The Nation is one of the Five Tribes, along with the Cherokee, Choctaw, Chickasaw, and Seminole, who were forced to leave their homelands in the 1830s by President Andrew Jackson and set off on a series of devastating treks west that killed thousands.

Today, the other members of the Five Tribes have similar arguments for federal recognition of their treaty lands in Oklahoma.

“You don’t know all of American history without knowing our history,” said Suzan Shown Harjo, a Cheyenne and Creek activist who received the Presidential Medal of Freedom in 2014.


The history of treaties between tribes and the United States is rife with coercion and broken promises, and activists said the court’s decision was remarkable for doing something seemingly simple: holding the United States to the promises it had made to tribal nations.

The court’s decision brought a mix of acceptance and confusion from non-Natives across Oklahoma. The mayor of Tulsa hailed a long history of cooperation between tribal and local governments, and said that the court’s “recognition of tribal boundaries will not even be noticeable” to most residents.

But Muscogee citizens said they were not surprised by more alarmist responses, including a tweet by Senator Ted Cruz, Republican of Texas, saying that the court “just gave away half of Oklahoma, literally. Manhattan is next.”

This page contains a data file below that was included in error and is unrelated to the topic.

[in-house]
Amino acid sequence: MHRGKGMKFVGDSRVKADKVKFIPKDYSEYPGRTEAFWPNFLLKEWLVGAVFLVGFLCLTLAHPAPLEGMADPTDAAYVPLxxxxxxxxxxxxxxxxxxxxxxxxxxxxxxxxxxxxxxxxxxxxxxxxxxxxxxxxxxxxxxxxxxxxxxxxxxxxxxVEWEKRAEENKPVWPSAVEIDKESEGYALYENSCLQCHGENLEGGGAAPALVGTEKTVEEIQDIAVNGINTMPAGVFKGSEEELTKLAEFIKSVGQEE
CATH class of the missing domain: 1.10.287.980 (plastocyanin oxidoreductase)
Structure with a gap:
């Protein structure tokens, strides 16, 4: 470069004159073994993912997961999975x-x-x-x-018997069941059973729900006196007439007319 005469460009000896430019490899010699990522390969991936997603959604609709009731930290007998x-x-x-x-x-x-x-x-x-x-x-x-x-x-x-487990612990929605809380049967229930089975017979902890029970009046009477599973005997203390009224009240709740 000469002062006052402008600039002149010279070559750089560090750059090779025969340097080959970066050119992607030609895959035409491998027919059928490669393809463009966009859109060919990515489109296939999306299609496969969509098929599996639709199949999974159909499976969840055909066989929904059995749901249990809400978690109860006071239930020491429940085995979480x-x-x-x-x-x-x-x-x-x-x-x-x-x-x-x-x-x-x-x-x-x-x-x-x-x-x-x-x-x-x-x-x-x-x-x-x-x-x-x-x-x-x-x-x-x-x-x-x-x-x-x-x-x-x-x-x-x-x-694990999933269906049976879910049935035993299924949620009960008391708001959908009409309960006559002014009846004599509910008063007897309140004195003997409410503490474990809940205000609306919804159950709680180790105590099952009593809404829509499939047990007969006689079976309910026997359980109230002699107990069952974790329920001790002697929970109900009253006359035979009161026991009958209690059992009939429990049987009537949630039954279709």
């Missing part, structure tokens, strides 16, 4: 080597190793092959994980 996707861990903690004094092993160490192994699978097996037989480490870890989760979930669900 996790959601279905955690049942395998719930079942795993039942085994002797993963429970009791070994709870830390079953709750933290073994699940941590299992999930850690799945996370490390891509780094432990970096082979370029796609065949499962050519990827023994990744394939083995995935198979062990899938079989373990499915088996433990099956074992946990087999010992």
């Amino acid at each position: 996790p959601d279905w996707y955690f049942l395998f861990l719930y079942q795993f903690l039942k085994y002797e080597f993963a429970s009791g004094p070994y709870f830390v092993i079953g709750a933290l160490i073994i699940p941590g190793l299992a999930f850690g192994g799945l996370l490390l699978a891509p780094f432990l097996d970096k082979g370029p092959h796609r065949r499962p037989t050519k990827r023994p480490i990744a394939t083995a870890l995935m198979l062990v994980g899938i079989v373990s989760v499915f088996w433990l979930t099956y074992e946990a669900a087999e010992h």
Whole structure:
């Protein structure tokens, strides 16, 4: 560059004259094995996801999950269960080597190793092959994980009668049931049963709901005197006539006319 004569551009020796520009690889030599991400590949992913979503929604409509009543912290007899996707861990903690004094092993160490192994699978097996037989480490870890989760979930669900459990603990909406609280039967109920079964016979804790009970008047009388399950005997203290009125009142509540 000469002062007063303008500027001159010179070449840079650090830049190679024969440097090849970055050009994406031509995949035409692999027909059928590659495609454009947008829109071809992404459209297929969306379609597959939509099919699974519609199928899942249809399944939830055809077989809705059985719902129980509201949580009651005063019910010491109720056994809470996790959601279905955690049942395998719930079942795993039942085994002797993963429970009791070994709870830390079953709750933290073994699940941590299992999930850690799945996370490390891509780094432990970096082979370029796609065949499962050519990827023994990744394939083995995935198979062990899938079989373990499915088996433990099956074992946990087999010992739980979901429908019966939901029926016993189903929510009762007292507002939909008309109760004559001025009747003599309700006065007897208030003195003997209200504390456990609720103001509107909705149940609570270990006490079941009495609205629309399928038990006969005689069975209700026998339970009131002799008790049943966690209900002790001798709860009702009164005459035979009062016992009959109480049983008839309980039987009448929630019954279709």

The court’s decision will reshape how the criminal-justice system treats Native Americans by preventing state or local authorities from prosecuting Indigenous people who commit crimes on reservation land. Tribal or federal courts will now deal with their cases.

When the Muscogee (Creek) Nation filed a brief with the Supreme Court arguing that the court honor the 19th-century treaties that created the reservation, it took pains to point out that the tribe already runs a fully functioning government. The Nation runs three hospitals, a police force and tribal court system, and several casinos, which make up a major part of its $350 million budget, according to court filings. The Muscogee (Creek) attorney general pointed out that its police force regularly works with other law-enforcement agencies.


“Our pride comes from understanding our responsibilities to our fellow Creek citizens and to the community as a whole,” said Jonodev Chaudhuri, a lawyer in Washington, D.C., who is also the Nation’s ambassador. “What it means to be Creek: It means having an obligation to respect our traditions, our culture, and to learn as much as I can about our history.”

Its complicated chapters are tied up in America’s history of slavery and racism. Members of the Five Tribes brought enslaved people West with them. During the Civil War, neutral Muscogees were attacked by Confederate troops and ultimately fought both for the Union and Confederacy, according to the tribe.

After the war, emancipated slaves known as Creek Freedmen settled in the Greenwood area of Tulsa. It blossomed into one of the wealthiest concentration of Black businesses anywhere in America, known as “Black Wall Street,” until white residents slaughtered more than 300 Black residents and torched the area in 1921, one of America’s most notorious racist massacres.